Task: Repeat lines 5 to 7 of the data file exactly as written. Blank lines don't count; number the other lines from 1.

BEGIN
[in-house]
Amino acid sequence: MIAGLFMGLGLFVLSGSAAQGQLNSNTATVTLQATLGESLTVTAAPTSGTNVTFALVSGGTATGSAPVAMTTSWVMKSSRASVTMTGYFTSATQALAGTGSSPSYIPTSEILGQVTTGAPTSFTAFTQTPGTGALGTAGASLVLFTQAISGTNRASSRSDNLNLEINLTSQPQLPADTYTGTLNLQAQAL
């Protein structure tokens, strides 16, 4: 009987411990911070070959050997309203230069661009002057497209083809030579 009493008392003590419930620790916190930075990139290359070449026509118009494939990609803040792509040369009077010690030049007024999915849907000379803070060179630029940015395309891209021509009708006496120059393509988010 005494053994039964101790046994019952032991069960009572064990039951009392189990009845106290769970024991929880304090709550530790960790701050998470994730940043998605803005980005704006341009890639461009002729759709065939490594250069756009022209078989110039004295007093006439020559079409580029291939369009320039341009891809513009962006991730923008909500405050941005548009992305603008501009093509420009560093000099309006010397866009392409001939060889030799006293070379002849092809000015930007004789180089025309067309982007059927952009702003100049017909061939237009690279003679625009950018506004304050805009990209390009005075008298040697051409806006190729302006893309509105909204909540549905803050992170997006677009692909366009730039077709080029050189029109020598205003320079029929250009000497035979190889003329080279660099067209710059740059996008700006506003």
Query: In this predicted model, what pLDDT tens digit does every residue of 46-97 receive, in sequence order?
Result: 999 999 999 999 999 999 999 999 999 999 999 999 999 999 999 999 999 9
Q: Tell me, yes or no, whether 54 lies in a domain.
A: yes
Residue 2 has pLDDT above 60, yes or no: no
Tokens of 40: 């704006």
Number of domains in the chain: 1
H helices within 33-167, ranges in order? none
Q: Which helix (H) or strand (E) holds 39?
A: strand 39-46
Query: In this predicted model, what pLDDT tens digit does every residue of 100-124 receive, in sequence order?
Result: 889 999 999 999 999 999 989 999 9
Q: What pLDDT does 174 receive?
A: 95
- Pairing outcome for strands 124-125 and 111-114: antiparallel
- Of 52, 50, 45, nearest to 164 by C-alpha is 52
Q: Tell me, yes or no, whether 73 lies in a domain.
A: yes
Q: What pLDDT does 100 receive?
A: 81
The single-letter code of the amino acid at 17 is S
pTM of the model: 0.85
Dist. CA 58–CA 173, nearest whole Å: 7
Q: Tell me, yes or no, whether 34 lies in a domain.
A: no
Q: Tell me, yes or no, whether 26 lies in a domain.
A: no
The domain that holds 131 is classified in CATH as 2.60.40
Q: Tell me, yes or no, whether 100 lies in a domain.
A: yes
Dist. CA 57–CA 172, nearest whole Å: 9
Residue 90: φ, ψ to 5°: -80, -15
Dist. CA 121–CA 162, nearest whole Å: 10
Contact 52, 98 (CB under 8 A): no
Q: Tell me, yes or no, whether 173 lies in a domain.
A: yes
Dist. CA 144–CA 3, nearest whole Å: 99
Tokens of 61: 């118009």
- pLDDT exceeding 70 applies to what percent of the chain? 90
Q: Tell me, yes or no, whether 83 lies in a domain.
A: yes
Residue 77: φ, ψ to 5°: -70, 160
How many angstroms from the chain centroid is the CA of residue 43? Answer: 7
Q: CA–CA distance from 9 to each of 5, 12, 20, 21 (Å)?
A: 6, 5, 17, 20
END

Result: 999 999 999 999 999 999 999 999 999 999 999 999 999 999 999 999 999 9
Q: Tell me, yes or no, whether 54 lies in a domain.
A: yes